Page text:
How you hold your trumpet plays an important part on finger control and sound
whenever you play. Your left hand will be what supports the trumpet whenever you
play. It should be curled in a C-shape around the valves with your ring or pinky
finger in the third valve ring, whichever feels better to you. Your thumb should
be in the first valve thumb saddle and your other three fingers should be lightly
wrapped around the valves in comfortable positions. Your right hand will be what
does the valve action. Your index, middle, and ring fingers will be who controls
the valves. Their fingerprints should be put on the pearls of each valve and in
order to get the best response from the valve, it must be pressed straight down,
not off to one side. Your thumb should have its underside touching the lead pipe
and your pinky should be on top of the ring on the lead pipe, not hooked
around it. If the pinky is hooked around the ring, your finger control will be
affected in a bad way.
Another important aspect to getting a good sound is posture. Whenever you sit down to play, you should be able to stand right back up. This means that your legs should not be crossed, underneath your chair, or sprawled out in front of you. Your back should also be straight and not touching the back of the chair. These two suggestions help you to get the maximum amount of air into your lungs and they also help to minimize the restriction of your air flow. Many players like to stand whenever they play because they claim it provides better support for their air and they are right. Just remember that whenever you stand, keep your back striaght, raise your rib cage, and keep your shoulders relaxed whenever you play. On T.V., you might have seen players that arch their backs when they play. I would suggest that you not do that because while it may look cool, it restricts the flow of air. Overall, the key to having perfect posture and to holding your horn right is to try and stick to these suggestions as close as possible and making changes only to be comfortable.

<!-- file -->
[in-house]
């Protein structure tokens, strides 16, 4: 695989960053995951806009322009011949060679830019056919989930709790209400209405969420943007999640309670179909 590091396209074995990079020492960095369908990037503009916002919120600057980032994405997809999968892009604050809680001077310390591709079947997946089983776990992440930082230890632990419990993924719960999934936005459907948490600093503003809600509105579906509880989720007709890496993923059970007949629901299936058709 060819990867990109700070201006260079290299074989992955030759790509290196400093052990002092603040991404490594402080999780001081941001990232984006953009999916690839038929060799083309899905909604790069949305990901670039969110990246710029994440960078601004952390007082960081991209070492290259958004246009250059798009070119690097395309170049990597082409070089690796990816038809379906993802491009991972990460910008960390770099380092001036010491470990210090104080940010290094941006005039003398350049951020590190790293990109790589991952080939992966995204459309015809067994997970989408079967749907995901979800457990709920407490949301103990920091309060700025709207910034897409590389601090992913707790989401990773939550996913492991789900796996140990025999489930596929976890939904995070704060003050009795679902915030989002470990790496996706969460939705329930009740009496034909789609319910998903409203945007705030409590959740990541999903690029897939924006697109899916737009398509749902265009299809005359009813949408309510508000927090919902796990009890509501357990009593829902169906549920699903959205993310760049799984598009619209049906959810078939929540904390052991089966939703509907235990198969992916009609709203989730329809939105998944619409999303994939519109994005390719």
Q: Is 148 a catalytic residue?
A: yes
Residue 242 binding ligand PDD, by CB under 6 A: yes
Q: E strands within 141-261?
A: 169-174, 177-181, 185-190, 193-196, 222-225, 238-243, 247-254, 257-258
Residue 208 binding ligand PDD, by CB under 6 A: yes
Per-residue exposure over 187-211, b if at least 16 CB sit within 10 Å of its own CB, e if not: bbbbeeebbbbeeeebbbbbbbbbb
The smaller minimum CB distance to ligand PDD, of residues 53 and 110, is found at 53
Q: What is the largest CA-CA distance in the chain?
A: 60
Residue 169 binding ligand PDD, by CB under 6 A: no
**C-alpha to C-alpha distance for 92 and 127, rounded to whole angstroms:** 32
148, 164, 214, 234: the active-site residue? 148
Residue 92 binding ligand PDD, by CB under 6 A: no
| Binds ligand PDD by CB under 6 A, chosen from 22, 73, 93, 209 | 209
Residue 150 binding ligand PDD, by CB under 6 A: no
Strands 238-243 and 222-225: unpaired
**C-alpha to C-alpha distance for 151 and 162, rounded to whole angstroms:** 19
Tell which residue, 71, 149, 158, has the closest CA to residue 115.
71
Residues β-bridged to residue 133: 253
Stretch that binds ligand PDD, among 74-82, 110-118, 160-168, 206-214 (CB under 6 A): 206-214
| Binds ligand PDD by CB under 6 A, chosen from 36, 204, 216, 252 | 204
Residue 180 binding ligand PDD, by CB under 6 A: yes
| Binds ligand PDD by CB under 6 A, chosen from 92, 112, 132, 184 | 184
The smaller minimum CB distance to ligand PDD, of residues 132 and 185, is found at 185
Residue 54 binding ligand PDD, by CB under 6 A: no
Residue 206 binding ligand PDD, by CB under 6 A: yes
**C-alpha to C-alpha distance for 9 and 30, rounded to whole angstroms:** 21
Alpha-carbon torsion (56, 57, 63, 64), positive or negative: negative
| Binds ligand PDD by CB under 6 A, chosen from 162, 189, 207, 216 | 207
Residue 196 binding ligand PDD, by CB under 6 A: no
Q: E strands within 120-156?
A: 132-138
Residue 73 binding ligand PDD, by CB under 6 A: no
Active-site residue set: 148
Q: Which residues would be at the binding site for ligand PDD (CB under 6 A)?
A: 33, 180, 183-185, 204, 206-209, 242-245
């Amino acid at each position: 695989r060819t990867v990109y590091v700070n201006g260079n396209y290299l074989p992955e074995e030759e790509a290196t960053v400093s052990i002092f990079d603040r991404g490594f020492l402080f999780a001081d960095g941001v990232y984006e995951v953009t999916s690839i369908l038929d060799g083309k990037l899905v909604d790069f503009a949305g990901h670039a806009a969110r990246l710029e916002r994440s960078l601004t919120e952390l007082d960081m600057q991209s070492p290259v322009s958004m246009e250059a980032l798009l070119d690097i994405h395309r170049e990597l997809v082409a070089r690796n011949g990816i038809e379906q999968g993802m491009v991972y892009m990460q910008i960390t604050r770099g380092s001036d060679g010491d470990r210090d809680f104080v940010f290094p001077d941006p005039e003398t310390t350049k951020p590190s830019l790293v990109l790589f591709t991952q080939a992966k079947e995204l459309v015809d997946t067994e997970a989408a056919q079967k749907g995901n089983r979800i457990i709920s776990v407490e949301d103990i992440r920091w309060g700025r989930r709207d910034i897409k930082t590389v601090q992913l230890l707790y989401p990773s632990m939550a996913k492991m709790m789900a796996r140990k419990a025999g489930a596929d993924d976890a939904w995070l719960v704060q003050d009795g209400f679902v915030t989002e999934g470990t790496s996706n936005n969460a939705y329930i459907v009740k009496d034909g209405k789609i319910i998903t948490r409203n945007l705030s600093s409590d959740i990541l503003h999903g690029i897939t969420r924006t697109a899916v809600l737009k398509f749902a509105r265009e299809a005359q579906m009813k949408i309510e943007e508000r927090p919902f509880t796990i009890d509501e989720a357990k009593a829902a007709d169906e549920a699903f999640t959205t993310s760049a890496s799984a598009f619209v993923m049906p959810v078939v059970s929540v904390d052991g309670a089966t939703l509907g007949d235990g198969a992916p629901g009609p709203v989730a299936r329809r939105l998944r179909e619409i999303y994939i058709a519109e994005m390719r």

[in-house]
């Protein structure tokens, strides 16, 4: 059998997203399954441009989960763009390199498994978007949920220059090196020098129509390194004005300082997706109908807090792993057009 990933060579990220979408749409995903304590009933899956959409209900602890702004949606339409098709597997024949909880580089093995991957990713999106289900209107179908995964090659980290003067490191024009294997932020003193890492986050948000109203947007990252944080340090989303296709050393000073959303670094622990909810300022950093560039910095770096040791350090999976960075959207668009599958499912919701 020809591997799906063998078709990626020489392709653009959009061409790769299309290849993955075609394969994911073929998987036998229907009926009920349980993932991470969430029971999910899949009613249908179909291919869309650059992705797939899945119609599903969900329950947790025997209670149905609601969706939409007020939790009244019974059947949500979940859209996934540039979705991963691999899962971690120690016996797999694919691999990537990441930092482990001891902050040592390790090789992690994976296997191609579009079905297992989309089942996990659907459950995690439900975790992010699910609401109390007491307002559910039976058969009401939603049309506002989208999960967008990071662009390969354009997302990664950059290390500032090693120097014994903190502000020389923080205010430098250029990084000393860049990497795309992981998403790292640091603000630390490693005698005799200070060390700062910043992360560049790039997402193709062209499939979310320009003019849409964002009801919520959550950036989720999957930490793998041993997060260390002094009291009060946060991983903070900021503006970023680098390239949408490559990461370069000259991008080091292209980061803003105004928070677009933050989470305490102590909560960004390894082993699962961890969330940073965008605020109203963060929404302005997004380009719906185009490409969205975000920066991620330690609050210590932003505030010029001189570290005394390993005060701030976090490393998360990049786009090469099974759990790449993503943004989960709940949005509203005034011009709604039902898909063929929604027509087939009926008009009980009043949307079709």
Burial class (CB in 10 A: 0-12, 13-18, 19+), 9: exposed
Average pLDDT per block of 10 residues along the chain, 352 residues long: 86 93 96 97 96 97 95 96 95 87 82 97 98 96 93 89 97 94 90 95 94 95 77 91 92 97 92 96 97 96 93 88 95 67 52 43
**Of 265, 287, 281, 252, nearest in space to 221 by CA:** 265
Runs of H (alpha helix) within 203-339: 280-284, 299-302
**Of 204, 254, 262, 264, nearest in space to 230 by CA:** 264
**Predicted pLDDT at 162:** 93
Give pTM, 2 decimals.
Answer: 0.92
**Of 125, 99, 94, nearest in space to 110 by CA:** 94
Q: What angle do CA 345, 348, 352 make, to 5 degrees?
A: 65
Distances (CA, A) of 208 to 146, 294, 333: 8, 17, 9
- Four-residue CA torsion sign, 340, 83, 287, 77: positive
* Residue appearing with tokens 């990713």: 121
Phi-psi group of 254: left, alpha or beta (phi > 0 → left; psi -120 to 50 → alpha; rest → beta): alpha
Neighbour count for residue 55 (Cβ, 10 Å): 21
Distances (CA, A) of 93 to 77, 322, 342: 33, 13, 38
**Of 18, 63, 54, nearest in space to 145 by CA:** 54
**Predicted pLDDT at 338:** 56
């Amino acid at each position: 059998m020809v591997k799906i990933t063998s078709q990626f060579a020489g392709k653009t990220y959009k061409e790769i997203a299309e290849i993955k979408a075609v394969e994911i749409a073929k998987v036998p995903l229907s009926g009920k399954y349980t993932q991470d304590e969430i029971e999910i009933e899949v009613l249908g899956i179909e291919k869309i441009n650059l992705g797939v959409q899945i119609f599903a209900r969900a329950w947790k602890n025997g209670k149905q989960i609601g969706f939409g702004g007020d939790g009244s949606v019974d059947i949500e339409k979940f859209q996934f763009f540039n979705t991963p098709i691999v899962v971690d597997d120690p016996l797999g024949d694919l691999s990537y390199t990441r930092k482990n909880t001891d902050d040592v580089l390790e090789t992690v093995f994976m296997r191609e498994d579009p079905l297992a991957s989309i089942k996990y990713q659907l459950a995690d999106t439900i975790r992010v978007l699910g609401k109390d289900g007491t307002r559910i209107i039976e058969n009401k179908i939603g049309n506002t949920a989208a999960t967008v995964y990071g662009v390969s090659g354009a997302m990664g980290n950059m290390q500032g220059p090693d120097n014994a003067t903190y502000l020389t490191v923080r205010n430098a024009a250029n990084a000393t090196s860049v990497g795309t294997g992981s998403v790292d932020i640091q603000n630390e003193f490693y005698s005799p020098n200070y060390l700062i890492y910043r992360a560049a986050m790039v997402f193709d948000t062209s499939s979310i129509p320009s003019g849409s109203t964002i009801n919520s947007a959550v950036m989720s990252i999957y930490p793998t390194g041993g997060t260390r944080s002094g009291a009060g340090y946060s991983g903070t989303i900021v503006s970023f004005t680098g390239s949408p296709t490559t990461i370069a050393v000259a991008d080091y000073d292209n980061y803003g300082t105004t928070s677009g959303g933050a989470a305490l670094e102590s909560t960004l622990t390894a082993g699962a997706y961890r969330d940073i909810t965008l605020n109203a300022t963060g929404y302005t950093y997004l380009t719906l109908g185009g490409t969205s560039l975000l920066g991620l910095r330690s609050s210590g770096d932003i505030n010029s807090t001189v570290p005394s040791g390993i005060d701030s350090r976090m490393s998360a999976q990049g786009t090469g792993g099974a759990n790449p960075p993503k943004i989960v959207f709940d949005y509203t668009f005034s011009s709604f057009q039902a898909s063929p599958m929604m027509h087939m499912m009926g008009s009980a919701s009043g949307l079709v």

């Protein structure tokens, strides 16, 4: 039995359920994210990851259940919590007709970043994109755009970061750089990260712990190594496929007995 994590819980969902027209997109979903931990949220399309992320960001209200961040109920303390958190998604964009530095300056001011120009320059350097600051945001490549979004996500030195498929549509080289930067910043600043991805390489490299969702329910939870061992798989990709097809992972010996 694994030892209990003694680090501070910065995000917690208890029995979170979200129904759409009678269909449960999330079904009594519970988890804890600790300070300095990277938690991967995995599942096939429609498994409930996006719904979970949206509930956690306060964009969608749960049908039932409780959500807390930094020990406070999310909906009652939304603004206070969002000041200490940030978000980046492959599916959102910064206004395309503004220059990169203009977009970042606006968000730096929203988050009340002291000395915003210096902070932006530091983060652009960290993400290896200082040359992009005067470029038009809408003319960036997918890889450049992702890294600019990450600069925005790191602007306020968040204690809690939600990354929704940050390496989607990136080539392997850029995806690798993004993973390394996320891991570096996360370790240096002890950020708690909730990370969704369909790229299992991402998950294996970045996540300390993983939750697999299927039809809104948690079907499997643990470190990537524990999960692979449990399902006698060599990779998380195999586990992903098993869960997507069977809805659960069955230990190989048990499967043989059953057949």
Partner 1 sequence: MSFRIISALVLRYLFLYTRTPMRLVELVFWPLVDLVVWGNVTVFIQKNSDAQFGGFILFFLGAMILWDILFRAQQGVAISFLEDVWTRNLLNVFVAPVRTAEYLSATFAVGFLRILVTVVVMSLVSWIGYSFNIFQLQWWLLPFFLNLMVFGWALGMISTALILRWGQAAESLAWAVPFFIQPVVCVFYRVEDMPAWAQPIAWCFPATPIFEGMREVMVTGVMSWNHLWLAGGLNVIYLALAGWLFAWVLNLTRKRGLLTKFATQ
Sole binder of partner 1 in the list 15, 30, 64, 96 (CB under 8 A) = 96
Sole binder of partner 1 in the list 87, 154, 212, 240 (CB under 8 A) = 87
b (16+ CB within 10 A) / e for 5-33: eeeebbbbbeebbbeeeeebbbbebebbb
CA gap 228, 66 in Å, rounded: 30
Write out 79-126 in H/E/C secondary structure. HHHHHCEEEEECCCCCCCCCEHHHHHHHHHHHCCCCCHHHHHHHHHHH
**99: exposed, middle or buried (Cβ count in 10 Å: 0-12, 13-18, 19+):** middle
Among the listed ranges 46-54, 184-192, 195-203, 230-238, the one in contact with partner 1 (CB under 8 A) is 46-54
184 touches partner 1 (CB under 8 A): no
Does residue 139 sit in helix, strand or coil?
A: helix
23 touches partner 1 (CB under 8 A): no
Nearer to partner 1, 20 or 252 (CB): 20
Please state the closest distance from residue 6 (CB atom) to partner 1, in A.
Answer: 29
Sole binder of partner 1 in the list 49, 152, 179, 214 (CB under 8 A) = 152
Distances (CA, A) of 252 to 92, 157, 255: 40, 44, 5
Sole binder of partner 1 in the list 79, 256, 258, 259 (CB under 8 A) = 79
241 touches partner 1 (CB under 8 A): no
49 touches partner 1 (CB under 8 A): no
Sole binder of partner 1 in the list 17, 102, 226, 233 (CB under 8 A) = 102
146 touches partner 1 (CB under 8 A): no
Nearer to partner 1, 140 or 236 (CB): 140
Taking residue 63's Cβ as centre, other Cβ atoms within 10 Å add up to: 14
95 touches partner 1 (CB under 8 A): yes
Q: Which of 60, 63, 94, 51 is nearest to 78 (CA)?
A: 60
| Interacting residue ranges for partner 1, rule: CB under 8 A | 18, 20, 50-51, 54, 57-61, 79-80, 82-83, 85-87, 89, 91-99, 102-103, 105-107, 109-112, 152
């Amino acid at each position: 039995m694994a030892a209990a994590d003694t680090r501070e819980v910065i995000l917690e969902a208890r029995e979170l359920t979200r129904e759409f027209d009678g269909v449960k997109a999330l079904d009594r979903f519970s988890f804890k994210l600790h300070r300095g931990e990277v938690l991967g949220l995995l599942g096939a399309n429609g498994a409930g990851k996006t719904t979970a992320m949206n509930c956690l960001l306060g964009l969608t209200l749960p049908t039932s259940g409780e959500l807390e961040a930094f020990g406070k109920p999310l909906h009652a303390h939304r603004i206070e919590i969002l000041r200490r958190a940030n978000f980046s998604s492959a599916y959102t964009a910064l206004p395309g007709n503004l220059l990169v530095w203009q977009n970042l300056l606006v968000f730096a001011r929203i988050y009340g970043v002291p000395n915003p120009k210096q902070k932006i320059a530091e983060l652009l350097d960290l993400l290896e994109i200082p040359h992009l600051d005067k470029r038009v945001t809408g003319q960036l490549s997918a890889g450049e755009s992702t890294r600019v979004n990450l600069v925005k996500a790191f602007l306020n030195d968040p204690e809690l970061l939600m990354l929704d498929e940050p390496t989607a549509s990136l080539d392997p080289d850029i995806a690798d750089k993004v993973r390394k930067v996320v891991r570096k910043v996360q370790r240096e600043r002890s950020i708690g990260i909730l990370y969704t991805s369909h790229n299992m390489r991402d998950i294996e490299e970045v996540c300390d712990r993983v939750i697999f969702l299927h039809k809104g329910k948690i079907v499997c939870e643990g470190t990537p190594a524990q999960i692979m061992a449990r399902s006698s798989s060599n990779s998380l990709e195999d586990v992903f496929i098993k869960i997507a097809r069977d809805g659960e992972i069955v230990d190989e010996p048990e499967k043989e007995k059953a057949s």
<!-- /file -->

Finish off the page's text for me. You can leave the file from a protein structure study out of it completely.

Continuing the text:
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Written and published by Chris Glazner, John Timpani, and Christian Reed.
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